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The Energy of Prayer: How to Deepen Your Spiritual Practice Kindle Edition

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Length: 166 pages

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Editorial Reviews

From Publishers Weekly

Starred Review. Hanh, the Vietnamese Zen master and author of more than 60 books, asks: "Why is prayer successful at some times and not at others?" Other questions also animate this brief primer on prayer: How can we pray for healing, say from lung cancer, when that disease is the natural karmic result of our own choices (e.g., smoking)? And to whom do we pray, especially since Buddhism teaches that there is no separate, distinct being called God who exists apart from creation? Hanh has a winning style, nimbly mixing deep philosophy with personal anecdotes and helpful illustrations. He also introduces spiritual practices, including the expected (reciting sutras, bowing, or performing walking and sitting meditation) as well as the unusual and ecumenical (praying to the living as well as the dead.) He also dissects the Lord's Prayer line by line. The book closes with five simple meditation exercises to increase awareness and calm, and some short Buddhist prayers. (May 15)
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Product Details

  • File Size: 196 KB
  • Print Length: 166 pages
  • Page Numbers Source ISBN: 1888375558
  • Publisher: Parallax Press (March 1, 2009)
  • Publication Date: March 1, 2009
  • Sold by: Amazon Digital Services, Inc.
  • Language: English
  • ASIN: B005IGBHDU
  • Text-to-Speech: Enabled
  • X-Ray:
  • Word Wise: Not Enabled
  • Lending: Not Enabled
  • Enhanced Typesetting: Not Enabled
  • Amazon Best Sellers Rank: #251,514 Paid in Kindle Store (See Top 100 Paid in Kindle Store)
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Most Helpful Customer Reviews

129 of 132 people found the following review helpful By Diana H C Tan on April 19, 2006
Format: Paperback
The cover photo itself (that of a monk bent in prayer) speaks volumes about the contents of the book - that of prayer, prayer and prayer. In the likeness of books on prayer by Thich Nhat Hanh, this one seeks to uncover the benefits of meditation as prayer. The author proposes many benefits and (if one is to believe) all peoples in the world, regardless of race, language or religion, should allow themselves the benefit to sit in silence, meditating either in silence, with a chant, with words from Scripture, or with concentration on the breath. The latter, when done with full concentration, is able to nourish and to heal the mind, body and spirit. The author provides various exercises on how to meditate using the breath at the end of his book. I believe some of these exercises have been covered in his other books as well.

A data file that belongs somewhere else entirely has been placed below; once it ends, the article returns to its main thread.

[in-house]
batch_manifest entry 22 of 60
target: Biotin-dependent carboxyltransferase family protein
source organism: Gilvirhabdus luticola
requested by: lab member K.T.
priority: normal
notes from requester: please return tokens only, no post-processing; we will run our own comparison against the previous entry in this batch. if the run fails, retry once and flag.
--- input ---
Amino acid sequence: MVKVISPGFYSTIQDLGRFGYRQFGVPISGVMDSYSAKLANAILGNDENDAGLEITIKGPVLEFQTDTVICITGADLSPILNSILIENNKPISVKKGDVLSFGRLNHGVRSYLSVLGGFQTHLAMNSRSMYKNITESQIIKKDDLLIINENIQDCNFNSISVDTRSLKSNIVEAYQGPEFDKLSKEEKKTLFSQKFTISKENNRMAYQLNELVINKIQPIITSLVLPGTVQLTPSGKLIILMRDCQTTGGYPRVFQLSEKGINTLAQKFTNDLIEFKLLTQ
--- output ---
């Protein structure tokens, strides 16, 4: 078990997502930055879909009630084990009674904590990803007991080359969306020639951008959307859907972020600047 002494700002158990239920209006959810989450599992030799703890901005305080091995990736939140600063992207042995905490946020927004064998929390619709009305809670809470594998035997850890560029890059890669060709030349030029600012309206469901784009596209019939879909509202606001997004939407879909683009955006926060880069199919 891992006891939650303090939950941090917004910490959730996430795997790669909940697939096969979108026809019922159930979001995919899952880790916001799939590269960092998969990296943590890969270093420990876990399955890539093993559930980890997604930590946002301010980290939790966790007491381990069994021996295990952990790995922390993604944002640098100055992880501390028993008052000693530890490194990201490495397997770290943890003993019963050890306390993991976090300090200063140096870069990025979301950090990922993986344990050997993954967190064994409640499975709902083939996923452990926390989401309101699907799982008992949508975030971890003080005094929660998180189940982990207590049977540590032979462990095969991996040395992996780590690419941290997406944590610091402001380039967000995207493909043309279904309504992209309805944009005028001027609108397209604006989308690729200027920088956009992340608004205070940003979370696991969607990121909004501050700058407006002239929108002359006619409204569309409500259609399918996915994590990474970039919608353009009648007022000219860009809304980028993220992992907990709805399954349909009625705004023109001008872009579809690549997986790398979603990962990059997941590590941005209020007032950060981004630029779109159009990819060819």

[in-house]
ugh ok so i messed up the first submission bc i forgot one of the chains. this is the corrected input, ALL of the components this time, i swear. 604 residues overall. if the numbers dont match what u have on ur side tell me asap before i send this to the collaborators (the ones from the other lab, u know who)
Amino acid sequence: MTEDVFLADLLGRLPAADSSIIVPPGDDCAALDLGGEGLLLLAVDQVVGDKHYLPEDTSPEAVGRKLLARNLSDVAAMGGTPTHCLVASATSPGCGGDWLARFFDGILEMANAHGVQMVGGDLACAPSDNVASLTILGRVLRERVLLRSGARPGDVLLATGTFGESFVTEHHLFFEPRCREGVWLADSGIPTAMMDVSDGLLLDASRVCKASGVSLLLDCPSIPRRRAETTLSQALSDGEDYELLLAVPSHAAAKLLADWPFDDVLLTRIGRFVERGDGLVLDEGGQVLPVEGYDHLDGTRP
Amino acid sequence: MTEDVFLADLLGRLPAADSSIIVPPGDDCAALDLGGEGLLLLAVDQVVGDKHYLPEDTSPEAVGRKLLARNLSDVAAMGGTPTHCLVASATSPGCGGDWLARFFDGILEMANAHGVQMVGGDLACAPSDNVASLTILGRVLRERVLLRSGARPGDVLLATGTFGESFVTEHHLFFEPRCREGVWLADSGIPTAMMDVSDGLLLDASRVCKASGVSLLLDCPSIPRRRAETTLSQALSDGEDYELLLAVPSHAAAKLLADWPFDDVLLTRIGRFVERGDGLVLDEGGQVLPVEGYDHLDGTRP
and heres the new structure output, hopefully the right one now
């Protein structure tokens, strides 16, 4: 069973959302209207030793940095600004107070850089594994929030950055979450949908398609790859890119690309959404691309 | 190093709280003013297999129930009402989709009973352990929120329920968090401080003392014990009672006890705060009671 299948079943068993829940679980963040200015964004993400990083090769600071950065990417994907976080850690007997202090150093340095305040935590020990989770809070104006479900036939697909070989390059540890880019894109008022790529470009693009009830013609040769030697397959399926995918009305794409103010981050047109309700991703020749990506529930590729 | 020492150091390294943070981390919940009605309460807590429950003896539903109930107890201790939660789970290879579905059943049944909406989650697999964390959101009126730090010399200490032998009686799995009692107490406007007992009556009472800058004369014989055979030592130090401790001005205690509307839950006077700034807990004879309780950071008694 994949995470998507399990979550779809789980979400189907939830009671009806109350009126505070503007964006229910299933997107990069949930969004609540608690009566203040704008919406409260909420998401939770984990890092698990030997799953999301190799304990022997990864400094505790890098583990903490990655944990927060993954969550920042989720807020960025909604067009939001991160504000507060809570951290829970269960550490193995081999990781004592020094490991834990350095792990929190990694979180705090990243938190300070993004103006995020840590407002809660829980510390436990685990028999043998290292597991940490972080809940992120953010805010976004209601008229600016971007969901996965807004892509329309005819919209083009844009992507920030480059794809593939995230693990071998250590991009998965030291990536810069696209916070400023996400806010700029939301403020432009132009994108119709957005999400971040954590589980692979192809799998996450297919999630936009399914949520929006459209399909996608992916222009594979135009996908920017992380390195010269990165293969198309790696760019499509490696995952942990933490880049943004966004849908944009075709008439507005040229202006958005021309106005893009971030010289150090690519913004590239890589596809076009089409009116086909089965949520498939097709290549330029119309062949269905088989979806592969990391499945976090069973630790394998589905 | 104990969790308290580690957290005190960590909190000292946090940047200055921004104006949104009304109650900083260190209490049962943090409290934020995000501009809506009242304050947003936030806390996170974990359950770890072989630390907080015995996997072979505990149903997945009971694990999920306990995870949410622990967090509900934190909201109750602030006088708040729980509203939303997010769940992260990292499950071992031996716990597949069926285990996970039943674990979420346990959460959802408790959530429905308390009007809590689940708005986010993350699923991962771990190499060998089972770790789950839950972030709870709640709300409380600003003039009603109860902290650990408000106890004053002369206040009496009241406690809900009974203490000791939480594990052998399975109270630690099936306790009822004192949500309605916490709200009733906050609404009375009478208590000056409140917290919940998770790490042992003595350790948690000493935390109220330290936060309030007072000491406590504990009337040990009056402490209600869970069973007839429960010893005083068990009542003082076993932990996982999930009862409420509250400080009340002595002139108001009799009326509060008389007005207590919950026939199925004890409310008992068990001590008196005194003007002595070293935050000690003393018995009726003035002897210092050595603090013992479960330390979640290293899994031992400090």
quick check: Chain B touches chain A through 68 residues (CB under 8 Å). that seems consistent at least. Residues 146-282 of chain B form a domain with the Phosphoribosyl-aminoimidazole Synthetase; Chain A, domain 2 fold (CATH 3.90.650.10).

The author quotes from Christian Scripture and even uses the Lord's Prayer - the "Our Father" - in one of his examples on meditative prayer. Really, this is a book not only for Buddhist meditation practitioners but for all seekers of meditation practices. The exercises to still the mind apply to all races, language or religion. If we can all practice the mindfulness that the author writes of, we can apply the practice to our faiths. For example, a Christian could use the ability to stay in tune with silence to meditate on God's Word, or a Buddhist could use this ability to be silent within to concentrate on a chant. The idea is really how one can grow to befriend silence in view of the opposing attacks from the noise of daily living - television, media, people around us, loud music, our fears and worries, the pursuit of desires and wants, the list goes on.

I like the book for the solace and comfort and the encouragement it contains.
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83 of 86 people found the following review helpful By Francisco X. Stork on January 9, 2007